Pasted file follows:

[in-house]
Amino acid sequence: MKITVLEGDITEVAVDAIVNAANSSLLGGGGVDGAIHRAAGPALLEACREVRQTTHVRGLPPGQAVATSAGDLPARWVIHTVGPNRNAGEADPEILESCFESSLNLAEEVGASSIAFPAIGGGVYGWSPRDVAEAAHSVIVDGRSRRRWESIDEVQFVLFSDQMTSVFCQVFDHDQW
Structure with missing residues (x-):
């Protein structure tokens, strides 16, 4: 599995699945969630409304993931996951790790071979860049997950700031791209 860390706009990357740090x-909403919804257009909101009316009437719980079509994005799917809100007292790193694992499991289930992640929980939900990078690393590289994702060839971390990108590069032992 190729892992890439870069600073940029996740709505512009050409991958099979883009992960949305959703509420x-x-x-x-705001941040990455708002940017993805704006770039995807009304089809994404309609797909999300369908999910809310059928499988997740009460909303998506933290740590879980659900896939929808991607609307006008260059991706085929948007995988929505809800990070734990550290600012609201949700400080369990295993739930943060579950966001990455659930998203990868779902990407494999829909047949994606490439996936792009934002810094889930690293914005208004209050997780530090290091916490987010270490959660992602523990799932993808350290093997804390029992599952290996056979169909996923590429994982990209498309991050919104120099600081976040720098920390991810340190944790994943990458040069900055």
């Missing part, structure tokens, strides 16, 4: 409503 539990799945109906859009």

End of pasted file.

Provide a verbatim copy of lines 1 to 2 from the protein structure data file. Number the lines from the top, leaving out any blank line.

[in-house]
Amino acid sequence: MKITVLEGDITEVAVDAIVNAANSSLLGGGGVDGAIHRAAGPALLEACREVRQTTHVRGLPPGQAVATSAGDLPARWVIHTVGPNRNAGEADPEILESCFESSLNLAEEVGASSIAFPAIGGGVYGWSPRDVAEAAHSVIVDGRSRRRWESIDEVQFVLFSDQMTSVFCQVFDHDQW